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    • It's the other way around. I came here to come up with ideas and possible solutions to help overcome scouts that are uncomfortable approaching the scoutmaster with the issue. I admit that I shouldn't have brought up the grading policy as it derailed my original question. In the moment I thought it might help to explain other things talked about at the meeting.    I agree that the kids should work through their issues with their peers but it crossed that line a long time ago. There isn't any physical bullying but more verbal bullying than anything. There is a lot of putting others down for various issues, yelling at scouts that are answering too many questions then proceeding to the conversation in a different direction,  yelling at special needs scouts, and at some times yelling at everyone including adult leaders. All of these actions have been done by multiple scouts of various ages, ranks, gender, and troop position. One scout(scout A) had done all of the aforementioned acts in front of adult leaders or their parents. There was a misunderstanding at our last summer camp. We were about to elect the new senior patrol leader but as the scoutmaster had come back later than we all thought it was the consensus among the adults to push it to the next night and have a little party beforehand. As it was just decided we told all scouts in the near area that this was the new plan and to tell the others of it as well. Some time passes by and almost everyone is hanging out in the pavilion that was provided to us when scout A and scout B come up from a cabin we were also provided. Scout A attempted to ask another person what was going but due to the noise, no one heard them so then Scout A proceeds to scream at everyone about its not fair that they were left out of voting in the SPL election. This caused some confusion as we didn't know that Scout A was unaware of the plan change since no one had seen them since coming back from dinner. We try to explain that the plans changed but Scout A wasn't listening to what we said and then Scout A proceeded to walk away angry and almost crying leaving everyone else very confused. The Scout A parent( Parent A) proceeded to discipline everyone there including the scoutmaster, a member of camp staff, the majority of the scouts, and other adult leaders including myself. Parent A said that Scout A was feeling left out when everyone was at the pavilion except them, that they had a bad day, and that we are bullying him by not allowing him to be with us. We made it clear that since this is an open area we can't police who is and isn't there and that if we had made Scout A feel any sort of detachment from the group we didn't mean to do. Parent A then proceeded to attempt to argue that not including anyone in SPL elections is unfair (Scout A was NOT eligible for SPL at all and wasn't close enough to finish within the next day) and I simply said back that we wouldn't Vote for the next SPL without everyone here BECAUSE that isn't fair and that we had changed the plan. That shut Parent A up who then proceeded to walk away and pout. This is one of the stories of this scout from our summer camp week. Scout A had at least one major problem a day where it would be similar to the above. I might have gone a bit off topic but this is a clear example of the bullying in our troop. Something needs to change or else the troop will be forced to close due to lack of youth.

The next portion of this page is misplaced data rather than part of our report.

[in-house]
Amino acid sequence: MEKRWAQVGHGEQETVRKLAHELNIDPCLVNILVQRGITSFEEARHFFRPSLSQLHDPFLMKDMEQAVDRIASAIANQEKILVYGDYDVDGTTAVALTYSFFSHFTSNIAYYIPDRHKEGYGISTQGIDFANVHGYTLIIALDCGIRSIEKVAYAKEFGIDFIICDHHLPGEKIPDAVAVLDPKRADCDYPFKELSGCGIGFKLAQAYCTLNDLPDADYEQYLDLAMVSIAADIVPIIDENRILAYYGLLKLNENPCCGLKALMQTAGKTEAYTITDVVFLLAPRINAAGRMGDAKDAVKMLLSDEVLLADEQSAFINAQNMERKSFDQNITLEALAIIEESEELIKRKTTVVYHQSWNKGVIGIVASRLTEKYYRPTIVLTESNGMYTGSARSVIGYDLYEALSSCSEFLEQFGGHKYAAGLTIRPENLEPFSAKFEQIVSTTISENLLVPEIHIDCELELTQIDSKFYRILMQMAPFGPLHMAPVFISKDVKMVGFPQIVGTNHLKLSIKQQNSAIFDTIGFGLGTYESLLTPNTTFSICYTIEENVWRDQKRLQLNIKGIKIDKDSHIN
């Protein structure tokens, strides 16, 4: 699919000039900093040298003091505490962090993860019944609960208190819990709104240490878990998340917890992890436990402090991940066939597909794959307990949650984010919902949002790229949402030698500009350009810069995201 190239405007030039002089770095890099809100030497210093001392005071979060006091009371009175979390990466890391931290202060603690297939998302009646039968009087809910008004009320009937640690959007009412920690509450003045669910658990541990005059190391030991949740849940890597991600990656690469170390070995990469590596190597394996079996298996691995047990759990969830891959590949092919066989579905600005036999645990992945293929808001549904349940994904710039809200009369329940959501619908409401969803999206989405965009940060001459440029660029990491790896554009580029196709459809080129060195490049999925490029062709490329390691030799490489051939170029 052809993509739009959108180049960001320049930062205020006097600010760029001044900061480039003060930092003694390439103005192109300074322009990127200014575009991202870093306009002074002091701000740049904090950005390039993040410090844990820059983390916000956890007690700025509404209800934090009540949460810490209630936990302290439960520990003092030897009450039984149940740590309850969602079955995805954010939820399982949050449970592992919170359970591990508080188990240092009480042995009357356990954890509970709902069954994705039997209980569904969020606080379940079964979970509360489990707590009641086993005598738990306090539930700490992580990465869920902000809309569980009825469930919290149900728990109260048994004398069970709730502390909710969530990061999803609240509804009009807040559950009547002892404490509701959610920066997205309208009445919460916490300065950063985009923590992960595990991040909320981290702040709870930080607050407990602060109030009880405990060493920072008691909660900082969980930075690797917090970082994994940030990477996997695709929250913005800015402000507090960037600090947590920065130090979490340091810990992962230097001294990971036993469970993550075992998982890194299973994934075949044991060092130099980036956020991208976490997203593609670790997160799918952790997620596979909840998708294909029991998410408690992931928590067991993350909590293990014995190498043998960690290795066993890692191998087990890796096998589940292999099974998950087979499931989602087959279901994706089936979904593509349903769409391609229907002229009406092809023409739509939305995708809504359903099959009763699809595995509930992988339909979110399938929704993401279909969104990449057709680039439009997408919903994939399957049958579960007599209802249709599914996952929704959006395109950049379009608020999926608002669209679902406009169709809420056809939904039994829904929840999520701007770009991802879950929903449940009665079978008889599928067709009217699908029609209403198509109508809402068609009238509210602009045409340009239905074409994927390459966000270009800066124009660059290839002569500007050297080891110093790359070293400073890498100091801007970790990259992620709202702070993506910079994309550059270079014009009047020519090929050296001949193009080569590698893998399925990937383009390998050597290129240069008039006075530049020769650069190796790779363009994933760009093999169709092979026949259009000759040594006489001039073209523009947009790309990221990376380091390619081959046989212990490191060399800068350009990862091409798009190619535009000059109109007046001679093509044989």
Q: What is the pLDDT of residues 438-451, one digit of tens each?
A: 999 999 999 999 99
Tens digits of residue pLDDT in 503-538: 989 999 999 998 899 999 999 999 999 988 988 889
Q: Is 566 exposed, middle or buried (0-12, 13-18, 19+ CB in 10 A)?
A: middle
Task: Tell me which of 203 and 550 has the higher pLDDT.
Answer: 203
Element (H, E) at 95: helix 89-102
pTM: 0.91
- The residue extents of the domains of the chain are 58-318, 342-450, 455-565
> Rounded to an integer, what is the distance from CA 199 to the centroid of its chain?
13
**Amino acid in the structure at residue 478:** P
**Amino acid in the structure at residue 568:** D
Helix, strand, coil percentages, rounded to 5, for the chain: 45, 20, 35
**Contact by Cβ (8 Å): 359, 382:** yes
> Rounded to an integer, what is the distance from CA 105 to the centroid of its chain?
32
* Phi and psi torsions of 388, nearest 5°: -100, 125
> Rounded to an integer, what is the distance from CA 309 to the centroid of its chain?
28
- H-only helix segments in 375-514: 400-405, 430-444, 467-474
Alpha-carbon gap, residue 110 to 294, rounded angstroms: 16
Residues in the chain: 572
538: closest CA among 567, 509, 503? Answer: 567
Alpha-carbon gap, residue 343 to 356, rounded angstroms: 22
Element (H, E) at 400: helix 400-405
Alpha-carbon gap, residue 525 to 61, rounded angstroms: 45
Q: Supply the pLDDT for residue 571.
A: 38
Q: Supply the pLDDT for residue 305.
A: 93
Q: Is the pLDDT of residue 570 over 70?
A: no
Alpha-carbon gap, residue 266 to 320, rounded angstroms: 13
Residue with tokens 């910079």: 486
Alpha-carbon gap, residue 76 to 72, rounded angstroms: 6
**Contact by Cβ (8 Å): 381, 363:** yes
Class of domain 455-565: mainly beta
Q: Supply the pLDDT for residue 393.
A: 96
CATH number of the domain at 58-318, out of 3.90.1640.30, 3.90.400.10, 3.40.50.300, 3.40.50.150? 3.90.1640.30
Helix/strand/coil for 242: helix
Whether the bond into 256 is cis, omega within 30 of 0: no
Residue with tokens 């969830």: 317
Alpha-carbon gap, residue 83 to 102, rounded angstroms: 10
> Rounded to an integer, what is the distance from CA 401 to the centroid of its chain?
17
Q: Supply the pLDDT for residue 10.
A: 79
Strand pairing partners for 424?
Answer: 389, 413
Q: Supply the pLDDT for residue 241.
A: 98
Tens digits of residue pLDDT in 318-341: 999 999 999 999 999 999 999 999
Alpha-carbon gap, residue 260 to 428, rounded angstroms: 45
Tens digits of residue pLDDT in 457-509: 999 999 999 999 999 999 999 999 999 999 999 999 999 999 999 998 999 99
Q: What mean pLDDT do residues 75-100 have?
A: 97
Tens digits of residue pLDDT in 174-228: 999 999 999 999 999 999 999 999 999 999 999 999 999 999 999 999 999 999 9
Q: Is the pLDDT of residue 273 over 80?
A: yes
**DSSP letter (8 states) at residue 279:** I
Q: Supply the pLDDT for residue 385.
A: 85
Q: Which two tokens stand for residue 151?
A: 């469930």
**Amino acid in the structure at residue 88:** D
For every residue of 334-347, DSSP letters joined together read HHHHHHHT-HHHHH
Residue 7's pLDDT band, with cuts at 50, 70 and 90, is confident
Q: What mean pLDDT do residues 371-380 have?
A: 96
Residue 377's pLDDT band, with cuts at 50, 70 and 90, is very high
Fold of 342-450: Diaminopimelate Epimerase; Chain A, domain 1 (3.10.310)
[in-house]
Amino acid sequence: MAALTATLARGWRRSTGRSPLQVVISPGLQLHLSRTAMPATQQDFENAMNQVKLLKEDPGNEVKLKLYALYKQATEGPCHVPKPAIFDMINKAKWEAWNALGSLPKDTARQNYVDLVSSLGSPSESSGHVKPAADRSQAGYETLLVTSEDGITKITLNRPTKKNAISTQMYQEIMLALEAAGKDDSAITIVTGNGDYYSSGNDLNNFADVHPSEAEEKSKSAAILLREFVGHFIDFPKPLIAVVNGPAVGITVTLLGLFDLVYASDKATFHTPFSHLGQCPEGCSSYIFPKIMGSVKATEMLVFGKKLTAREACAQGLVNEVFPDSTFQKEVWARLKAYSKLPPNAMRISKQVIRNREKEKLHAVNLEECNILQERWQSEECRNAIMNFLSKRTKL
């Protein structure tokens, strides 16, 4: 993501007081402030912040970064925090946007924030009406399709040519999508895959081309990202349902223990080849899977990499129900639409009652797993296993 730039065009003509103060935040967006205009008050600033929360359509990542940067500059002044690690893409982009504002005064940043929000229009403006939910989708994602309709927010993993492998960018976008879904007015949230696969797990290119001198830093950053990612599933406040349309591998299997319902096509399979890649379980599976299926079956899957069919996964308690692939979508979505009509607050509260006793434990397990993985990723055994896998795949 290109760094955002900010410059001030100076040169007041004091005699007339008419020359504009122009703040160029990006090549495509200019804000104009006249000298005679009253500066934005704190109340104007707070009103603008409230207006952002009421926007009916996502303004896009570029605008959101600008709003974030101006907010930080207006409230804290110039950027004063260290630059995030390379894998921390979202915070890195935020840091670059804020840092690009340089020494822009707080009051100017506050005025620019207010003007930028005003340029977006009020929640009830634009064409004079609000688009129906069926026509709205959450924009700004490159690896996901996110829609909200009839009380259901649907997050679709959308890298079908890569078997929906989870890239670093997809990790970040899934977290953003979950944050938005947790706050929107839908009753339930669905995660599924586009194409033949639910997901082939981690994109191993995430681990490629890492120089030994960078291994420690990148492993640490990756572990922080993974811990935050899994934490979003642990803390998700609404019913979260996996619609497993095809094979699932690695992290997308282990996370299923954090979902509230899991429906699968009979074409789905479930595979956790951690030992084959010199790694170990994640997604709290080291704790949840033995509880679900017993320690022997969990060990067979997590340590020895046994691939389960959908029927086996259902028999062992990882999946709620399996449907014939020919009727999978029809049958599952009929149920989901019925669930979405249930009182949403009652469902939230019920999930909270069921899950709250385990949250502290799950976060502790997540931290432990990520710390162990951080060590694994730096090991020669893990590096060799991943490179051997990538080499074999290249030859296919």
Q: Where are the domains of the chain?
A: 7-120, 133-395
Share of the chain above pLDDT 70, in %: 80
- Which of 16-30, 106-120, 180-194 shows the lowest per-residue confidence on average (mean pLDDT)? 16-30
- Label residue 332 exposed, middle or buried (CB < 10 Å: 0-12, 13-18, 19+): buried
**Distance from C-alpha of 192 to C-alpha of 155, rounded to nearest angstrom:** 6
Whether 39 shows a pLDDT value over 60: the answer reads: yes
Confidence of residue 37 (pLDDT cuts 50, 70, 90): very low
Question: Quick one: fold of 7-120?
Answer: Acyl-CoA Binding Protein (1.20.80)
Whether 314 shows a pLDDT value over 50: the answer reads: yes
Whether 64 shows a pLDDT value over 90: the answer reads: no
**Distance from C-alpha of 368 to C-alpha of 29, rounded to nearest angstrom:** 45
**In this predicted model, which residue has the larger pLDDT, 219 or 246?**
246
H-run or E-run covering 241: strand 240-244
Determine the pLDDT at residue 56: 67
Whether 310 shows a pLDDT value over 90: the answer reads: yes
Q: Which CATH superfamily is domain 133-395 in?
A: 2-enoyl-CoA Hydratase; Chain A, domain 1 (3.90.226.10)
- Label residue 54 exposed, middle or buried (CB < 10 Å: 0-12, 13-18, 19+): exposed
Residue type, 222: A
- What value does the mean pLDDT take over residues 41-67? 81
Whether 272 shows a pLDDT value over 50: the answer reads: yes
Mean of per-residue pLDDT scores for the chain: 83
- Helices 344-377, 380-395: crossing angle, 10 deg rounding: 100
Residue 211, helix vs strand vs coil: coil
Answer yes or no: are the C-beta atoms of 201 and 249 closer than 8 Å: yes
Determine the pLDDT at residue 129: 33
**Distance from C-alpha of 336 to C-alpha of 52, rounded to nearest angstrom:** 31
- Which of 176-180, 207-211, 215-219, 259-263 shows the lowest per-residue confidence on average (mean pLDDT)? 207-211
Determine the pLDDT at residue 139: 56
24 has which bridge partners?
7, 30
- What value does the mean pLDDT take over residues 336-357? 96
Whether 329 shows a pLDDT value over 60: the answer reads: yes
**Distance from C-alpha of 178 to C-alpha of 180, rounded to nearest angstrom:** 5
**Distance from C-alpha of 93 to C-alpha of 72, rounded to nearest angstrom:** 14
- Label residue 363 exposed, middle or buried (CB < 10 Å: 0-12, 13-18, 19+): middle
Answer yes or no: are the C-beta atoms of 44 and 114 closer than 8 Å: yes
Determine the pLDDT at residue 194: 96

• Unless there was a recent change the CORs are members of the Executive Board.  As the OA Lodge Advisor I am also a member as is our Lodge Chief.  Our board is welcoming, receptive to suggestions, and just a good bunch of guys.  They also treat our Chief as an equal and are receptive of his ideas.  I consider myself fortunate and blessed to belong to such a fine group of ladies and gentlemen.  I would say that if anyone outside of the board has an issue or concern they could contact our CE or a board member and would be welcome as a guest.